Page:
To develop familiarity with community resources that might be used in student projects, teams participated in on-site field trips to the Center of Science and Industry (COSI), the Columbus Zoo, the Ohio Historical Society and Southern Ohio Coal. A guest speaker from the Department of Natural Resources also added to teachers' knowledge of community resources.
Training on using technology and integrating technology into the teaching/learning process was also included in the summer session. Sessions were provided by staff from the Eisenhower National Clearinghouse for Mathematics and Science who assisted teachers in identifying specific resources for their projects. Presentations were also given on how to use the software purchased for the projects: Microsoft Works (word processing, data base and spreadsheet) and Microsoft PowerPoint (presentations). Demonstrations were also provided on effective use of desktop videoconferencing and the fiber-based video equipment. Additionally, action research was discussed. Building-level teams developed action research plans that were implemented during the 1996-97 school year. A team's action research problem was related to the "team of teams" student project but was customized to meet the needs of each individual team.
Implementing the Project: School Year, 1996-97
During the 1996-97 school year, six student project plans and 21 action research plans were implemented within the limitation of installed technology. A brief description of one of each type of project follows:
Sample Student Project from an Elementary School Team
One of the elementary "team of teams" consisted of Chauncey Elementary School (in Chauncey), Dawson-Bryant Elementary School (in Coal Grove) and Whitwell Elementary School (in Ironton). Their student project was designed to determine the relationship between modes of transportation and the development of their regions' river communities. Performance objectives included having students identify modes of transportation used in local communities in the past and present, as well as predicting modes of transportation for the future. Students compared goods transported on the river in the past and present and analyzed early communities that formed along local rivers and tributaries. Finally students had to demonstrate knowledge of rivers as a communication system in the past and technology as a communication system today.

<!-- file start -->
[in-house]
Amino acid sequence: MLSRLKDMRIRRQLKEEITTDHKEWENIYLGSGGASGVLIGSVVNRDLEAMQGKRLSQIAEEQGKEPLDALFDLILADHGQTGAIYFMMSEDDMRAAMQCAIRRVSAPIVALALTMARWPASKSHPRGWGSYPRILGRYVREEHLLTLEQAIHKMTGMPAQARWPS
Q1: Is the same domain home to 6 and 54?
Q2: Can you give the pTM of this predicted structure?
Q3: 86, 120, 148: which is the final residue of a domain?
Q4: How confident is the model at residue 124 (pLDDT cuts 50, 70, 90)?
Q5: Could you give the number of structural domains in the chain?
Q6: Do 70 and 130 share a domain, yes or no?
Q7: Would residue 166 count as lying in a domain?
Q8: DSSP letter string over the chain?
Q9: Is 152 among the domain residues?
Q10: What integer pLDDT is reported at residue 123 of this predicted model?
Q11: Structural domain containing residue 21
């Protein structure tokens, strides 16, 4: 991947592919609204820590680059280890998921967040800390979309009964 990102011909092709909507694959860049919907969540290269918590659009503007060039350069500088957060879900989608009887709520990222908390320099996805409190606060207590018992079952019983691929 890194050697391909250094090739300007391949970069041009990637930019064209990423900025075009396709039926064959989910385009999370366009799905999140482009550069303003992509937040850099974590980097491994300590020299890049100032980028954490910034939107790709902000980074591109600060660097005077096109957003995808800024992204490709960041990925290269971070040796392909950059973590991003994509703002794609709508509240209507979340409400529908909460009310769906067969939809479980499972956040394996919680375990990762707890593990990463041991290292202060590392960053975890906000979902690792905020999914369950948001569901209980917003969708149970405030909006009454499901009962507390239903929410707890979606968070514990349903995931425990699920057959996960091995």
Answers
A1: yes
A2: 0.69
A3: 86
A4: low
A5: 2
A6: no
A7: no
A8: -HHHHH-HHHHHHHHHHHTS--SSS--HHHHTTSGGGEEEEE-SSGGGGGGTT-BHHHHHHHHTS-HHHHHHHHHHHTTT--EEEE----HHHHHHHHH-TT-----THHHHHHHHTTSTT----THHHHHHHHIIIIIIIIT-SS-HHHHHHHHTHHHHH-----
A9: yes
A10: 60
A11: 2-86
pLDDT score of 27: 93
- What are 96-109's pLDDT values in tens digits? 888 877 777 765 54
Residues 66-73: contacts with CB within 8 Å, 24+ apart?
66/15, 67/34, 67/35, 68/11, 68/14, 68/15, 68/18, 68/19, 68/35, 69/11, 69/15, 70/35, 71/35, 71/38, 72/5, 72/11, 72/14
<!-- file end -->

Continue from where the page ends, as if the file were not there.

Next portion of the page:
To accomplish this, the student teams from Chauncey, Dawson-Bryant and Whitwell used e-mail, data bases, spreadsheets and multimedia presentation software to gather, report, analyze and share information. For example, a kindergarten class at Chauncey observed how many and what kinds of vehicles drove past their classroom window during a set period of time. That information was entered into a spreadsheet and both a table and graph were printed. The students discussed the information they collected and shared it with students in Coal Grove and Ironton. E-mail and the U.S. Postal Service were both used to maintain communication and collaboration among the student groups. [Note: plans included use of the desktop video units but these were not installed during the 1996-97 school year.]
Sample Action Research Project
The Plains Elementary School (in The Plains) identified the following action research question: